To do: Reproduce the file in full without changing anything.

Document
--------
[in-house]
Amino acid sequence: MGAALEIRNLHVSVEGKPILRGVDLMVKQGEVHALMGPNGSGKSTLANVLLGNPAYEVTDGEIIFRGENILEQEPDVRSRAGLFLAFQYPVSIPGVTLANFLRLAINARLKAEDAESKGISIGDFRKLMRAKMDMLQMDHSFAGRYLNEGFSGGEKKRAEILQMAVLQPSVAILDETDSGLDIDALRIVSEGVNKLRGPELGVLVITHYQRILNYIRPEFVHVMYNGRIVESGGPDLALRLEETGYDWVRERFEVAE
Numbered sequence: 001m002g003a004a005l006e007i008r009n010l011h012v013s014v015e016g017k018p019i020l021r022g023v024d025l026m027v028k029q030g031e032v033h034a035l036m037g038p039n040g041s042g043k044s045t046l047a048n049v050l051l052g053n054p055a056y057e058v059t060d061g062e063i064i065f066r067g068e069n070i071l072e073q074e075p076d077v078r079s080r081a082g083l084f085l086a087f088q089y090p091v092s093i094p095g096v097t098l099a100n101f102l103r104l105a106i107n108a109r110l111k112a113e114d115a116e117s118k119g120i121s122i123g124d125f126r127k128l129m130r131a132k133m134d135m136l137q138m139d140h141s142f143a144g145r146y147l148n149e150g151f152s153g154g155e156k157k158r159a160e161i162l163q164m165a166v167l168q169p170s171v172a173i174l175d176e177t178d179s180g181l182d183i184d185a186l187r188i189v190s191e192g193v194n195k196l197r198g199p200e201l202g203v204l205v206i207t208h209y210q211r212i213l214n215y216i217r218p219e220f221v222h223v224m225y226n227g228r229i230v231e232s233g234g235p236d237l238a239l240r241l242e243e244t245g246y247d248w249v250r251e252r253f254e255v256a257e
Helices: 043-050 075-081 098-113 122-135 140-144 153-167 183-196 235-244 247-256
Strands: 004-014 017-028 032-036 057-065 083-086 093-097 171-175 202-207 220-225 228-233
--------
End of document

[in-house]
Amino acid sequence: MGAALEIRNLHVSVEGKPILRGVDLMVKQGEVHALMGPNGSGKSTLANVLLGNPAYEVTDGEIIFRGENILEQEPDVRSRAGLFLAFQYPVSIPGVTLANFLRLAINARLKAEDAESKGISIGDFRKLMRAKMDMLQMDHSFAGRYLNEGFSGGEKKRAEILQMAVLQPSVAILDETDSGLDIDALRIVSEGVNKLRGPELGVLVITHYQRILNYIRPEFVHVMYNGRIVESGGPDLALRLEETGYDWVRERFEVAE
Numbered sequence: 001m002g003a004a005l006e007i008r009n010l011h012v013s014v015e016g017k018p019i020l021r022g023v024d025l026m027v028k029q030g031e032v033h034a035l036m037g038p039n040g041s042g043k044s045t046l047a048n049v050l051l052g053n054p055a056y057e058v059t060d061g062e063i064i065f066r067g068e069n070i071l072e073q074e075p076d077v078r079s080r081a082g083l084f085l086a087f088q089y090p091v092s093i094p095g096v097t098l099a100n101f102l103r104l105a106i107n108a109r110l111k112a113e114d115a116e117s118k119g120i121s122i123g124d125f126r127k128l129m130r131a132k133m134d135m136l137q138m139d140h141s142f143a144g145r146y147l148n149e150g151f152s153g154g155e156k157k158r159a160e161i162l163q164m165a166v167l168q169p170s171v172a173i174l175d176e177t178d179s180g181l182d183i184d185a186l187r188i189v190s191e192g193v194n195k196l197r198g199p200e201l202g203v204l205v206i207t208h209y210q211r212i213l214n215y216i217r218p219e220f221v222h223v224m225y226n227g228r229i230v231e232s233g234g235p236d237l238a239l240r241l242e243e244t245g246y247d248w249v250r251e252r253f254e255v256a257e
Helices: 043-050 075-081 098-113 122-135 140-144 153-167 183-196 235-244 247-256
Strands: 004-014 017-028 032-036 057-065 083-086 093-097 171-175 202-207 220-225 228-233